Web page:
Like a lot of folks, my favourite television series at the moment is Mad Men. I’m not sure I like it because it’s such a fascinating portrait of ad agency professionals operating in New York city in the early 1960s, or because I simply pine for the days when a man could smoke and drink at the office and had a secretary to type letters and fetch things.
And now I have another reason to like Mad Men — the advertising.
Last week, we watched the premiere episode of season four, and like the two previous season premieres, it featured a special advertising vignette by the series’ title sponsor, BMW.
The vignette featured Martin Purvis talking casually about the ad he created for the original 5 Series. Purris was the creative half of Amerarti Purris (BMW’s first U.S. ad agency), and the man who came up with the iconic BMW slogan, “The Ultimate Driving Machine.”
After his talk, they ran that historical 5 Series spot, followed by a new spot for the all-new 5 Series.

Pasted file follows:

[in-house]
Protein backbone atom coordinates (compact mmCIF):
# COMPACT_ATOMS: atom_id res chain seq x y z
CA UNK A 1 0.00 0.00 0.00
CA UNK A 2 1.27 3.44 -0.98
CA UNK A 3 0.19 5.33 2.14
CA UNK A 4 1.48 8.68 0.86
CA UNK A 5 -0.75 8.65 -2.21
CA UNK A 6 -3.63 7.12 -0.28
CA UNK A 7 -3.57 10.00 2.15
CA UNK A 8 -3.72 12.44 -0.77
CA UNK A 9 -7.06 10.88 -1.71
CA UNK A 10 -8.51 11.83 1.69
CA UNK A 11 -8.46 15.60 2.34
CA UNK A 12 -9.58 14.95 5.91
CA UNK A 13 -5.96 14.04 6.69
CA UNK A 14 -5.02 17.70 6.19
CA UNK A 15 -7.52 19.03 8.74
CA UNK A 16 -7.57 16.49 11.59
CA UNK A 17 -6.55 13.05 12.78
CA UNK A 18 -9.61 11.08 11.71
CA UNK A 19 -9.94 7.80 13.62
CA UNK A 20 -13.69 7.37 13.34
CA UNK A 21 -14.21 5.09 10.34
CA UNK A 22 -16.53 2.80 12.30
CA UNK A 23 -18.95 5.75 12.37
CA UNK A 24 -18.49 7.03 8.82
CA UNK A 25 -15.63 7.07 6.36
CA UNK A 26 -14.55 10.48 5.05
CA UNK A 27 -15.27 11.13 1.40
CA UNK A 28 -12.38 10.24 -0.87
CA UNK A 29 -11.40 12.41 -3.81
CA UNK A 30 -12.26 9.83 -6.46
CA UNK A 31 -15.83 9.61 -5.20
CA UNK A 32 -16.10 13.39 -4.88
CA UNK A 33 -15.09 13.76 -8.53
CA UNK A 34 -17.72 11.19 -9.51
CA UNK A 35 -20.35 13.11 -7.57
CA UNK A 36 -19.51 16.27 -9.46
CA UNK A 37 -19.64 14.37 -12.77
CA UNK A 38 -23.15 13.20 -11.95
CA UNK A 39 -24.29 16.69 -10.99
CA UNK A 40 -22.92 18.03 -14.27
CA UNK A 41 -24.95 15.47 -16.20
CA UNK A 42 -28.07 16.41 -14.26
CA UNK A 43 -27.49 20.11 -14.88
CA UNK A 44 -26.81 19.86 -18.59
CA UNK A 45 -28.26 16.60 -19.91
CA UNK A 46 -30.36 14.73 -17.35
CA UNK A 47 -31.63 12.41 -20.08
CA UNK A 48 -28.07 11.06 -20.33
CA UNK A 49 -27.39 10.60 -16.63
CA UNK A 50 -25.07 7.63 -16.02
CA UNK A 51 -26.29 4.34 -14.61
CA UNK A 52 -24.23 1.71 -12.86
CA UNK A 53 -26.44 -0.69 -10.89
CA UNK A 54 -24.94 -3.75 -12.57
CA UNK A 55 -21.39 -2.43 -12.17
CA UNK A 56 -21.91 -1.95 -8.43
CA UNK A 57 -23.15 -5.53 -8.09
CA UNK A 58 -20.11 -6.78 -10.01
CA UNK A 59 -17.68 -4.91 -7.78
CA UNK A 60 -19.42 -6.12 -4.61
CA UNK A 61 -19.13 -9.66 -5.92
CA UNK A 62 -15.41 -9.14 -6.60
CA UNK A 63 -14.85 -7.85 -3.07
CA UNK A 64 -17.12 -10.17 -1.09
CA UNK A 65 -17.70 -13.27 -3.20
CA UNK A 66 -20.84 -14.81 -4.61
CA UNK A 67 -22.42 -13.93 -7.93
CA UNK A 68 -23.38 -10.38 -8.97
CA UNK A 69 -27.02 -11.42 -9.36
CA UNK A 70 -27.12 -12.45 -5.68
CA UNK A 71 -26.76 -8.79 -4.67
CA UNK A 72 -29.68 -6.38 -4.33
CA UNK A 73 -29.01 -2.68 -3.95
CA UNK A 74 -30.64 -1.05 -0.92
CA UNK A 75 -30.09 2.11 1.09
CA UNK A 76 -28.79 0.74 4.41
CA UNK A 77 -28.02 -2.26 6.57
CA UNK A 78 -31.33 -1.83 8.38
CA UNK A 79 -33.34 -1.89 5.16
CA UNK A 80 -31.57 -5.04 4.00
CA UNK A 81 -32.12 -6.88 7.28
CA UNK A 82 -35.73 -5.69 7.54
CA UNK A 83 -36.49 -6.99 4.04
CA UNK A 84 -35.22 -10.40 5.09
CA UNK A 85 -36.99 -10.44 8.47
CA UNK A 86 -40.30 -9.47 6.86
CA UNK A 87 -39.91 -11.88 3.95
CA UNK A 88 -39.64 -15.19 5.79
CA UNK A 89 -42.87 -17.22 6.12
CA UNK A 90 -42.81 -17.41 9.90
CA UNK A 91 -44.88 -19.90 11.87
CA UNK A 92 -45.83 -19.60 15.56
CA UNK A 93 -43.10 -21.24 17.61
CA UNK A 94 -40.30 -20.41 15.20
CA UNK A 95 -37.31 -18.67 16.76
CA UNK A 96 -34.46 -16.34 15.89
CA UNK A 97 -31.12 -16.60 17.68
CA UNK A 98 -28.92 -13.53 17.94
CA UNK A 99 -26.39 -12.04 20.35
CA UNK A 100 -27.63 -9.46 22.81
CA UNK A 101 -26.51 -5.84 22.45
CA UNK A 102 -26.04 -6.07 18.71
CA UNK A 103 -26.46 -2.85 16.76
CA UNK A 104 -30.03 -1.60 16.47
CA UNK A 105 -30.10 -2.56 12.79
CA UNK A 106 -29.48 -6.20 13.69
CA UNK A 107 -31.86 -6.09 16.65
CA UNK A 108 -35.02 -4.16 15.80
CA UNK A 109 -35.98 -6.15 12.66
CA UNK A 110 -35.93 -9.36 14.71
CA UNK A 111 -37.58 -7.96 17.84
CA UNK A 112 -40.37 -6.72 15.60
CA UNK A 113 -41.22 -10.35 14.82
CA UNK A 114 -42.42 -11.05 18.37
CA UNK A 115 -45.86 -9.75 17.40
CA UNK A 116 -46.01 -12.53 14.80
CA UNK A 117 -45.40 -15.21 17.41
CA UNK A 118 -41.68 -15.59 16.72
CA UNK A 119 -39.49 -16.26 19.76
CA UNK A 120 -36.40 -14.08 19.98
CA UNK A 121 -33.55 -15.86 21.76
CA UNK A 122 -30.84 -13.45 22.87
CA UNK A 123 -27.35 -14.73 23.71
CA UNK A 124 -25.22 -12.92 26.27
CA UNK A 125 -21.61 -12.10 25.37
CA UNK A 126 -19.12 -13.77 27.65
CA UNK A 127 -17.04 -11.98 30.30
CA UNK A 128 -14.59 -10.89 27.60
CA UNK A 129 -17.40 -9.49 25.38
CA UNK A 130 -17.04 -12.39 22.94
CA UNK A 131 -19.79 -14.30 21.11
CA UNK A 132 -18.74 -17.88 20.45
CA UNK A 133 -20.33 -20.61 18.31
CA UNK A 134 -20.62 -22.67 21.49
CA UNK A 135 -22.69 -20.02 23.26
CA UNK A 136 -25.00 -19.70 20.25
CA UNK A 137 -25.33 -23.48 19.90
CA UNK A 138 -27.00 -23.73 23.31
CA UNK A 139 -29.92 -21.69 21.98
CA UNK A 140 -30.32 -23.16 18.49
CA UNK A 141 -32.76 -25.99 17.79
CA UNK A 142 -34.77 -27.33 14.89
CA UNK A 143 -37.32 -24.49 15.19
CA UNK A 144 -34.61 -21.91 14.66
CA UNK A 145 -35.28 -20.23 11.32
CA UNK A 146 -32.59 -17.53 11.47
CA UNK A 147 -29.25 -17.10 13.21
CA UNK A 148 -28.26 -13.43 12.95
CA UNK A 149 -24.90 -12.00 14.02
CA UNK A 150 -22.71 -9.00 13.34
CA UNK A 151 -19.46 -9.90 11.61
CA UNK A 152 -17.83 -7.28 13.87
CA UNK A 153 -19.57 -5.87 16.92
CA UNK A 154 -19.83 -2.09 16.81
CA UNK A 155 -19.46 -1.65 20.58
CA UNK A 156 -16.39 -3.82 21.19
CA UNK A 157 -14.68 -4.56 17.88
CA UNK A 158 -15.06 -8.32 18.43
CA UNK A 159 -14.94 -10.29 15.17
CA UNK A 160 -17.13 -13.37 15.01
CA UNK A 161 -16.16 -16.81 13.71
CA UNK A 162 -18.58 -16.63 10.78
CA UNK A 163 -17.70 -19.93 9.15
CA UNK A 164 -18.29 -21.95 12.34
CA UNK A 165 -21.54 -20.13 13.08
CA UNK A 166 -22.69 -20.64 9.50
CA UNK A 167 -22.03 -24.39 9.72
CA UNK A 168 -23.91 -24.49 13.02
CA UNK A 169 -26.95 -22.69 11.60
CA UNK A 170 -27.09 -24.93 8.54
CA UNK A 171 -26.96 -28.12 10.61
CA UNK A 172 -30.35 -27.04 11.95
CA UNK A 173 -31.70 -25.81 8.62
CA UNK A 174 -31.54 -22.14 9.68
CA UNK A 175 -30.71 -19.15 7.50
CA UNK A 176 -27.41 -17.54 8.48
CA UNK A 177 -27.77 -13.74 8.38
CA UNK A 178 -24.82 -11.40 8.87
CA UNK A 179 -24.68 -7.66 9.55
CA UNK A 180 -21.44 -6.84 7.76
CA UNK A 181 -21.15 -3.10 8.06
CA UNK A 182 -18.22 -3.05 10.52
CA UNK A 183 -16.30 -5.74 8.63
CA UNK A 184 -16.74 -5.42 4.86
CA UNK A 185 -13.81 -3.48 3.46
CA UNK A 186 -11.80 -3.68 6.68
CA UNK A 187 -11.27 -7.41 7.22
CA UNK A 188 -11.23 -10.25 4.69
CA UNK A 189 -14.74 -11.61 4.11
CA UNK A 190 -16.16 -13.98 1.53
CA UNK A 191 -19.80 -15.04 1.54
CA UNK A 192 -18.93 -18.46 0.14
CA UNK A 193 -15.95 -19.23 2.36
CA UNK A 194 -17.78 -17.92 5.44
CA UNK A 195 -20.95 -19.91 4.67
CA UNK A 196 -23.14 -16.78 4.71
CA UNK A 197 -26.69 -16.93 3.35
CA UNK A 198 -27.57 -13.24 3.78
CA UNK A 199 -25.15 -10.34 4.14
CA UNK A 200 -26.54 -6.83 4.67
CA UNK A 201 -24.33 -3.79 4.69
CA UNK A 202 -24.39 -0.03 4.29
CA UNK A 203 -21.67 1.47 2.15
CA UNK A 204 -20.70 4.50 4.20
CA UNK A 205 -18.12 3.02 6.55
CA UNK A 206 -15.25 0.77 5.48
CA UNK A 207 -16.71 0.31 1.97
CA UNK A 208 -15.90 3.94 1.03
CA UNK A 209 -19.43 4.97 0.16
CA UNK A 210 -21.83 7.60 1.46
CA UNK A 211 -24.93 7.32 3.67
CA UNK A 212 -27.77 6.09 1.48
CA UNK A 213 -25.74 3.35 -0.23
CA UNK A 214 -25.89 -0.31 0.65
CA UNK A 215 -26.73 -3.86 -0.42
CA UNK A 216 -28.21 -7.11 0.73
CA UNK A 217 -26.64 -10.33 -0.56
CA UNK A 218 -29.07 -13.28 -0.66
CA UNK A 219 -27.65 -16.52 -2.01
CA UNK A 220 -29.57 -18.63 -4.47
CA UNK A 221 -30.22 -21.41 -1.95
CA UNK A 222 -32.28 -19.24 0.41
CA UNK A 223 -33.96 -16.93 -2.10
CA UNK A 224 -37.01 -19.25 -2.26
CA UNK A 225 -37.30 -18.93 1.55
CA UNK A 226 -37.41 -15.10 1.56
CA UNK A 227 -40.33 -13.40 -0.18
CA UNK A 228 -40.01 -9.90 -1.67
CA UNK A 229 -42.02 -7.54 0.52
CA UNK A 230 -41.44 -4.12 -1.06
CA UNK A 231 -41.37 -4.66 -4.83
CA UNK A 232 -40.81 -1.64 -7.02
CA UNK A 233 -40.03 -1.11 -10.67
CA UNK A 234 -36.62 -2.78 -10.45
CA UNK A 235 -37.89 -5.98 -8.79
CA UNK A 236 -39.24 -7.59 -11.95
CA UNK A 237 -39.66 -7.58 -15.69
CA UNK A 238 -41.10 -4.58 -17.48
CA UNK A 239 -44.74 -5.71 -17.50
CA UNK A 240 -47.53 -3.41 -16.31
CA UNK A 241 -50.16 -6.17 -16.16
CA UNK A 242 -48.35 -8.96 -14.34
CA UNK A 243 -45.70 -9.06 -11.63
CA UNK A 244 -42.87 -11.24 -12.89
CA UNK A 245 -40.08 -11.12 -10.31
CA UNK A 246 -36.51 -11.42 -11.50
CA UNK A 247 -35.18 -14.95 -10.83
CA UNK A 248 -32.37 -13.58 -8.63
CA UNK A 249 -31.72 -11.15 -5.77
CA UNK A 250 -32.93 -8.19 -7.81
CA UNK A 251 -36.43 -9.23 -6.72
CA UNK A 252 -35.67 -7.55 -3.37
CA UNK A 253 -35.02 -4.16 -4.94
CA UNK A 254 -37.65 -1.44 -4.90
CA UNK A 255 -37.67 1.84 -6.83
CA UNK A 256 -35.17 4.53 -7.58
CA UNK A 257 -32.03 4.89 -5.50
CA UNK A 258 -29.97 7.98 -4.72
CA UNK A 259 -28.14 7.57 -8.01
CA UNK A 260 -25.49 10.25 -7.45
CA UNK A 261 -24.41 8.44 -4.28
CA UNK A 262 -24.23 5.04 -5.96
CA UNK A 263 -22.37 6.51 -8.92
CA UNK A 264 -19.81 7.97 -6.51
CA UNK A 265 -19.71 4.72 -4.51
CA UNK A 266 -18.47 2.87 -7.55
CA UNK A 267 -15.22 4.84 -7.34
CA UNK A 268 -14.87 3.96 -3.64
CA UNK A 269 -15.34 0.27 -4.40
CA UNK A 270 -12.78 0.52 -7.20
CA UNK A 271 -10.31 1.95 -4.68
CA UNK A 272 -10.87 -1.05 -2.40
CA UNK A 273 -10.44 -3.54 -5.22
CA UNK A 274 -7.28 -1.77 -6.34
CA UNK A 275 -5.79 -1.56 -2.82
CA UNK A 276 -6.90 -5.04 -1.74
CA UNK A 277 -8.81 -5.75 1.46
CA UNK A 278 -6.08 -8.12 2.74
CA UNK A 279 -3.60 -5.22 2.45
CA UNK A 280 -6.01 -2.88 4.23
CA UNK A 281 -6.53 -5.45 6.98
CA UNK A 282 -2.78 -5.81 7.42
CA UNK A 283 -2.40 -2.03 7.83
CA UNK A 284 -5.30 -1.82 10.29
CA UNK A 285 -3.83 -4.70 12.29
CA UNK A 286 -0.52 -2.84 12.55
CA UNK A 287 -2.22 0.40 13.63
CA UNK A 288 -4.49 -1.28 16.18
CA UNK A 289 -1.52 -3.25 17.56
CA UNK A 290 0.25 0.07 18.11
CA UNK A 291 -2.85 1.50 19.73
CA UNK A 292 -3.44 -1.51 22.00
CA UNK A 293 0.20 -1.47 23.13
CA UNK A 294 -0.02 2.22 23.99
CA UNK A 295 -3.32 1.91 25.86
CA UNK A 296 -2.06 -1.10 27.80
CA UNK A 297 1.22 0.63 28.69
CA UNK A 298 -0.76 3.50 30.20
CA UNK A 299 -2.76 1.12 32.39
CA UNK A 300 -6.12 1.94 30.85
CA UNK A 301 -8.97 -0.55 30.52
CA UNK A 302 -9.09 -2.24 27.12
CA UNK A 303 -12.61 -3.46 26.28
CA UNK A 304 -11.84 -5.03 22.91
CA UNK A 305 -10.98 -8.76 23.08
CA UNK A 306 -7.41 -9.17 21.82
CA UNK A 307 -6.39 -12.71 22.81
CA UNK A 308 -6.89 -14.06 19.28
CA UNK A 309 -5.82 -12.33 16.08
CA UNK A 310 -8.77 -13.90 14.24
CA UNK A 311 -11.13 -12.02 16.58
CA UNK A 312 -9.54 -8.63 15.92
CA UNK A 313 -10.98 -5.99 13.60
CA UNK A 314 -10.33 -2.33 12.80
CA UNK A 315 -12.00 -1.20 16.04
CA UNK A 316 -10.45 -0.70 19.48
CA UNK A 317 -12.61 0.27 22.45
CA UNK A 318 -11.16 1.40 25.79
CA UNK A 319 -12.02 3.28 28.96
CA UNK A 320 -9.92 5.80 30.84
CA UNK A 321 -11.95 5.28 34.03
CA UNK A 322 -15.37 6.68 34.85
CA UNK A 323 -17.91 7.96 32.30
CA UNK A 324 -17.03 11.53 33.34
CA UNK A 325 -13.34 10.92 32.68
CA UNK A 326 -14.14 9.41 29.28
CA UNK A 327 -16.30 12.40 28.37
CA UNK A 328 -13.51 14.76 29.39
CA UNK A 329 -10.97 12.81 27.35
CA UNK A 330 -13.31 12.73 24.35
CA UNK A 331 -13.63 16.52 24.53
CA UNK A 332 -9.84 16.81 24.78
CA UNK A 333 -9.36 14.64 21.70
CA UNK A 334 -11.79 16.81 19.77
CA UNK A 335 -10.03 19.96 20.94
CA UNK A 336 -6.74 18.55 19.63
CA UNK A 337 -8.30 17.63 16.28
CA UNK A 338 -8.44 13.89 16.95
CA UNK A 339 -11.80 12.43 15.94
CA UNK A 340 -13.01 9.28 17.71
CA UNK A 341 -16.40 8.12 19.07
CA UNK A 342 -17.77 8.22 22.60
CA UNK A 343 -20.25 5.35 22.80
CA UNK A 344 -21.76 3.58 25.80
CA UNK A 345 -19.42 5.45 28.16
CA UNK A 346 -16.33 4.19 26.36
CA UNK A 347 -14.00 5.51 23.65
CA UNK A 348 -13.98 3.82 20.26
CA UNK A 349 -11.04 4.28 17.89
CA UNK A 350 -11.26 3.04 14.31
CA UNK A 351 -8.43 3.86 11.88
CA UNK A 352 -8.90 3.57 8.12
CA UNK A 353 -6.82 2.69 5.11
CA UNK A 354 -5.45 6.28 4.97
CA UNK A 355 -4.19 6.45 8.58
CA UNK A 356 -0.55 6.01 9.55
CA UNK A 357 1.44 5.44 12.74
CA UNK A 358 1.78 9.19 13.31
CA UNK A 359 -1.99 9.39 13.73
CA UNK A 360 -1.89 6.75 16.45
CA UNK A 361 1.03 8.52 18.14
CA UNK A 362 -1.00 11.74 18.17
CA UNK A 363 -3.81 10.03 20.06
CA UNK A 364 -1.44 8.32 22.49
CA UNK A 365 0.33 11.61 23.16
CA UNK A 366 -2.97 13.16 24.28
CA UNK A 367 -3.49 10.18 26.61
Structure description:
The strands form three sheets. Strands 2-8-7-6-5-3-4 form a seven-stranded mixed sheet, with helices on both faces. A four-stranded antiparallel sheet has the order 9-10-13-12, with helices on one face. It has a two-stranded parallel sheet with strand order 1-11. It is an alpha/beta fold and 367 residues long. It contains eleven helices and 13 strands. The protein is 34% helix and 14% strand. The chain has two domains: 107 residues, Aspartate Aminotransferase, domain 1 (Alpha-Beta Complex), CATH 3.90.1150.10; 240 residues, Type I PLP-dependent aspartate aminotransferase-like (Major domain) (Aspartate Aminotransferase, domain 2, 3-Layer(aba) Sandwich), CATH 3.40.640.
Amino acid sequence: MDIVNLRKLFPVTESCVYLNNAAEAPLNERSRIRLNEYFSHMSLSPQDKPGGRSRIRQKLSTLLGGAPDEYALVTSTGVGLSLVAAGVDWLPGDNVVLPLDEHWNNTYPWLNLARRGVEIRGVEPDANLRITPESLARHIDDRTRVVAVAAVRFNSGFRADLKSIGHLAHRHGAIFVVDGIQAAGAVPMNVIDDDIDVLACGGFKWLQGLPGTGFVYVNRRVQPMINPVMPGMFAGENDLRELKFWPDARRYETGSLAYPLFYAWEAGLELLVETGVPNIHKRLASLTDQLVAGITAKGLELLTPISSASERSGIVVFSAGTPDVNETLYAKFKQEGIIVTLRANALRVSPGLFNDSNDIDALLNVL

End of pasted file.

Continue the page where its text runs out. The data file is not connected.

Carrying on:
Brilliant. It told an intriguing part of BMW history, showed how consistent its engineering mission and marketing message has been through the years, informed viewers about a new model, and did it all in a manner that was totally Mad Men.
The idea to feature Martin Purvis in this ad, and in another Mad Men vignette three years ago, came from Pat McKenna, manager of marketing communications and consumer events for BMW North America. During our recent telephone conversation, McKenna told me that viewers have responded well to BMW’s wink to the Mad Men narrative.
BMW only hauls out custom creative during the season premieres. The custom ad for the second season premiere actually featured Mad Men footage.
“We pulled out new technologies from Mad Men, like the rotary phone, slide projector, and the photocopy machine,” said McKenna. “It was our way of taking the discussion to our current modern technologies, like our new diesel engines.”
He added that, “BMW is very proud of our sponsorship of Mad Men” and that it gives the automaker the opportunity to both “Celebrate our own advertising legacy, and pay a tribute to the craft. This is our homage to Mad Men and to advertising.”
Michael Goetz has been writing about cars and editing automotive publications for over 20 years. He lives in Toronto with his family and a neglected 1967 Jaguar E-type.